There have been ghosts in the machine, it would appear, ever since the machine was invented.
In 1920, Thomas Edison announced his intention to communicate electronically with the dead, while Tesla built a "spirit radio." More recently, creepypastas tell of haunted game cartridges, psychoactive arcade games, and cursed jpegs that stay with you in nightmares.
And then there are "ghost cams," 24/7 camera feeds of apparently haunted buildings, streamed live on Geocities-style websites. The ghost cams aim to crowdsource proof of the supernatural through screen captures, or at least find another explanation for any apparitions, shadows or "light anomalies" that viewers find.
Though it has since given way to shows like Most Haunted, "armchair ghost-hunting" found popularity right around the time X-Files fandom reached its peak. Sites like UK Paranormal Tavern, Paranormal Network, and Ghost Haunts come from an era when every site needed a custom web banner and a couple of flashing gifs, preferably of alien heads and glittering New Age fairies.
The ghost cams seem spookier with age, and all the more so when you find that many of them are actually still working. Below are a few of the enduring examples, creepy both in their content and their creaky old-web graphics. You are advised to suspend your disbelief and preferably turn off all the lights before proceeding.
Shadowy camera feeds capture the staircase, the dressing room and, creepiest of all, the top floor children's ward in this haunted Welsh castle, which was at one point a sanatorium for people suffering from TB. The castle was home to 19th century opera prima donna Adelina Patti and her second husband, the tenor Ernesto Nicolini, who now apparently haunt the castle in a ghostly love triangle with Barber of Seville composer Gioachino Rossini.
This camera is watched best by night, apparently, the better to see phantom lights and cannon fire (though by day it appears to be all blue skies and rolling fields). Known as one of the most-haunted locations in the US, YouTube is full of apparitions captured at Gettysburg. Skip to the comments for a whole lot of debate and reassuring explanations about how they definitely, definitely faked it…
Not its real title–that's "The Leprechaun Fairy Watch"–but Leprecams should totally be a thing. Anyone who has read children's book series Artemis Fowl will know that the fairy people are not to be fucked with, and in Ireland they're a serious enough business to divert the building of motorways. This camera is placed in a field in the Irish town Tipperary known for its banshees, pookas and a fairy ring, though a certain Ice-T film will likely make for more exciting viewing.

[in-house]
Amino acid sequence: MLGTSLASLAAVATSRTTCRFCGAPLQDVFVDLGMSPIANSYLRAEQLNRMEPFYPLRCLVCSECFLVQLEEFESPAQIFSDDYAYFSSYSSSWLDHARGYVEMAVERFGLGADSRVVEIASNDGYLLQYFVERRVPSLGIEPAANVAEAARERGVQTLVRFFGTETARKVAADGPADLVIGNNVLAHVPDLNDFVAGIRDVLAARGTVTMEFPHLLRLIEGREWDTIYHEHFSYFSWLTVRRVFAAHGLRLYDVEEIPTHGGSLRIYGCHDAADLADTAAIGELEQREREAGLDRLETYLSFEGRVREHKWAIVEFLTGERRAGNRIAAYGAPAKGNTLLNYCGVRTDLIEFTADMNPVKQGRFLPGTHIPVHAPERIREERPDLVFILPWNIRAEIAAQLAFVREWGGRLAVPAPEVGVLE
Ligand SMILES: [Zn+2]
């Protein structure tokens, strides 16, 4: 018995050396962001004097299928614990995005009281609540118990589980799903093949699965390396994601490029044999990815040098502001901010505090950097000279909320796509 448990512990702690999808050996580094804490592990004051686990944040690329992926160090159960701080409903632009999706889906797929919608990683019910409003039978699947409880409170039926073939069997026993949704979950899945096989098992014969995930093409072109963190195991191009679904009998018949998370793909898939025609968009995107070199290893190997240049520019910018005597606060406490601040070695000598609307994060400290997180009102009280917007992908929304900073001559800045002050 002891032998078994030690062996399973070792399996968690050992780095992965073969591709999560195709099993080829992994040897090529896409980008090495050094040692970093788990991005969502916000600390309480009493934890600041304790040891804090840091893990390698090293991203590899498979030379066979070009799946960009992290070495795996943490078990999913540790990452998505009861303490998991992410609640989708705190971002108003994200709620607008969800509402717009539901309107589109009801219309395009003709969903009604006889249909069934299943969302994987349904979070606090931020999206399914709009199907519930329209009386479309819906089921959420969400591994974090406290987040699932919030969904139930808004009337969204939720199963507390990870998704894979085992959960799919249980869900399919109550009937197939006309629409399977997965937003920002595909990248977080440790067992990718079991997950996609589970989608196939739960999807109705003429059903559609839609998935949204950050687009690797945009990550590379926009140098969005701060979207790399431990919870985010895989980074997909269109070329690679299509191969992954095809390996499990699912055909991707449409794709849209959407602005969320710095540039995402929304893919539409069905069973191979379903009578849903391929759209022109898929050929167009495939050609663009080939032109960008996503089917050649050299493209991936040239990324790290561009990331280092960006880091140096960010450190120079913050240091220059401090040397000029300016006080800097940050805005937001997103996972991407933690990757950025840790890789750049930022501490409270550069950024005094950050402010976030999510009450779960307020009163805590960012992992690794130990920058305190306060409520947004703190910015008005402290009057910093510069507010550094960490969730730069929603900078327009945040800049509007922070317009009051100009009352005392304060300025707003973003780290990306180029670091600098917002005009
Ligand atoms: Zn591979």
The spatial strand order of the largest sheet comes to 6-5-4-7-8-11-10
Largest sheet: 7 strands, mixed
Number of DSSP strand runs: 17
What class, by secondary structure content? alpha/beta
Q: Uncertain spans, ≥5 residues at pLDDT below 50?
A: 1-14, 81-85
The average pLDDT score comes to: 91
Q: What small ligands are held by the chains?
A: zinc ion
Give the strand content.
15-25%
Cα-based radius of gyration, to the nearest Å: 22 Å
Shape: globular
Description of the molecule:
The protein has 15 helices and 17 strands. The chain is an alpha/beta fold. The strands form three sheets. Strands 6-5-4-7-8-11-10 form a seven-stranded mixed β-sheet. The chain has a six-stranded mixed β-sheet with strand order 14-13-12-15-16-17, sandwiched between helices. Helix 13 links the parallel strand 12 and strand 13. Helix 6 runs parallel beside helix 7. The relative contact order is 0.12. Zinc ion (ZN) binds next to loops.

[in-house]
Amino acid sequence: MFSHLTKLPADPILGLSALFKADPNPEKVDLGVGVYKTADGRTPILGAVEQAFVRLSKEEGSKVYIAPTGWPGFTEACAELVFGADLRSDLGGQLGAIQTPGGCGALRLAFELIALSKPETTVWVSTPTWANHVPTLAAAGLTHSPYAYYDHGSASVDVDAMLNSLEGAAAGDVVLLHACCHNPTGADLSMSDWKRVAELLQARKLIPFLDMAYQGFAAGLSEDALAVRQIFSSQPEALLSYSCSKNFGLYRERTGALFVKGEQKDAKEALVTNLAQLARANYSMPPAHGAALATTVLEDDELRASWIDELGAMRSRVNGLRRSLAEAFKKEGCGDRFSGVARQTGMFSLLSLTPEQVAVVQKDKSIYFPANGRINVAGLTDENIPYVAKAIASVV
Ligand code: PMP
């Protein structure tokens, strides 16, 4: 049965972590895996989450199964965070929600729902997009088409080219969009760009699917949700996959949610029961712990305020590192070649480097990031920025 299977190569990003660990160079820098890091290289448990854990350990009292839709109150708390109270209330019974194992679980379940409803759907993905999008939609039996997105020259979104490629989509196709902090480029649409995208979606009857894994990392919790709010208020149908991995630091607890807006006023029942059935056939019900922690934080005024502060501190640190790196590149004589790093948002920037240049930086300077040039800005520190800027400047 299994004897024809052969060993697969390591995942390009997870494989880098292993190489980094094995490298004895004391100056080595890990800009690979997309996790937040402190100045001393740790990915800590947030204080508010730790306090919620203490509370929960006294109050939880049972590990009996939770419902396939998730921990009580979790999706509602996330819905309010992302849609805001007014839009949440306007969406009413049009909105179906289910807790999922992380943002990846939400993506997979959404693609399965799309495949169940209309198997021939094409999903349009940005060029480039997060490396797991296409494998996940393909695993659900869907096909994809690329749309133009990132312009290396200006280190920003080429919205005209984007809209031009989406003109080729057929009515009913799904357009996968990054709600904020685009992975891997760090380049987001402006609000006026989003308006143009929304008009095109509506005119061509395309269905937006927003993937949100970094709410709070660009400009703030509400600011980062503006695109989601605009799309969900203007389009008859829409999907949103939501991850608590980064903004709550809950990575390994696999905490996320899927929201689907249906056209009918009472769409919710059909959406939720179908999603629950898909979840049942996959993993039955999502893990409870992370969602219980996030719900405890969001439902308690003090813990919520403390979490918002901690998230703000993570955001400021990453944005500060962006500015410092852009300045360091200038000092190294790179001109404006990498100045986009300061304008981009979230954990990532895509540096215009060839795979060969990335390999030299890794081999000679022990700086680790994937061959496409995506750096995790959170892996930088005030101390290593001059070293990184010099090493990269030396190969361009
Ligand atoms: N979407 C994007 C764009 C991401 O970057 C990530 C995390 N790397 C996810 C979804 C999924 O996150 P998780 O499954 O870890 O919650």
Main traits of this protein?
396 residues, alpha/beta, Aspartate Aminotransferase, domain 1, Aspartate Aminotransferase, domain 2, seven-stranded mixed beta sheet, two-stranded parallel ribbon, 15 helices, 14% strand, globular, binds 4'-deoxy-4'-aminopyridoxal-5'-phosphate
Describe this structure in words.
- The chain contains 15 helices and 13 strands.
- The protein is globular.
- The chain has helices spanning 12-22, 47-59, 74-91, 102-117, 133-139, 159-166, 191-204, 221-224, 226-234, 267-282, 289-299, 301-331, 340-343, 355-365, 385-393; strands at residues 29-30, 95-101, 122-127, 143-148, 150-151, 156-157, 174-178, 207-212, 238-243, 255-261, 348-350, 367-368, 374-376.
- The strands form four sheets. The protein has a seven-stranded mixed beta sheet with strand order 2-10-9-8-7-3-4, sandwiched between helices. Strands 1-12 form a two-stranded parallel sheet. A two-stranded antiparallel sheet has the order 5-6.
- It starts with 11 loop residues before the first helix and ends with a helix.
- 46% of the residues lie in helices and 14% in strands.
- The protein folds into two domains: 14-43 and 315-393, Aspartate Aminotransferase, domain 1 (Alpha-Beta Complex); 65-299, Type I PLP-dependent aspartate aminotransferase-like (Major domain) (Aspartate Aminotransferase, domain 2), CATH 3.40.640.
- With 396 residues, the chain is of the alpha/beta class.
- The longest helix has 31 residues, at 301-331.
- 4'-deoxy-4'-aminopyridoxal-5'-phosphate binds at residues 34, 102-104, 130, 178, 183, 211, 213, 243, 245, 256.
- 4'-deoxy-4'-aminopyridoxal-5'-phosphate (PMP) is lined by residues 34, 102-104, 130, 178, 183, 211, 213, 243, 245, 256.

A friend of mine from Lincolnshire once told me it's "where people go to get glassed in pubs," so apparently the English county is a scary place. It's also home to an old theatre where the BBC set up this ghost cam. The building is known as a hive of paranormal activity, including the ghost of an ice-cream lady who once walked the aisles.
No ghosts, but it seems a shame to miss out on the chance to check in this "Bat House" located in Michigan and live-streamed by the non-profit Organization for Bat Conservation. The bats get right up close to the screen and show their darling little vampire faces. It's the next best thing to keeping bats in your own home.
Apparently the last resort of someone renting a New York apartment plagued by problems far worse than cockroaches and rising damp, this camera streams from a grimy, half-lit hallway. Turn off the lights, watch it for a minute or so, and wait for the undead tenants to appear.
Unlike the other ghost cams on this list, the dollhouse has little explanation attached. What we know is that the setting is a haunted farmhouse, the toys are all independently haunted, and the doll "family" was assembled by Knight Paranormal, a team of ghost hunters based in the Endless Mountains of Pennsylvania. There's a forum full of people who claim to see faces in the mirror and a ghost girl on the stairs, as well as the option to adopt a doll with the warning that "these porcelain beauties are not just ordinary dolls, they MAY have human spirits attached to them."
There's something uniquely creepy about the ghost cams: regardless of what they capture or not, they are the otherworldly survivors of a long-forgotten era, an alternate online reality. And yet they're still running, whether anyone is watching or not. They're a time-consuming way to creep yourself out (the internet Ouija board offers more immediate thrills), but they're fascinating as a kind of internet antique.
As with the haunted doll house, these neglected sites have "taken on a life of their own:" tranquil on the surface, but with the potential to turn sinister any minute.
Homepage image: Craig y Nos Castle. Charles Pritchard/Flickr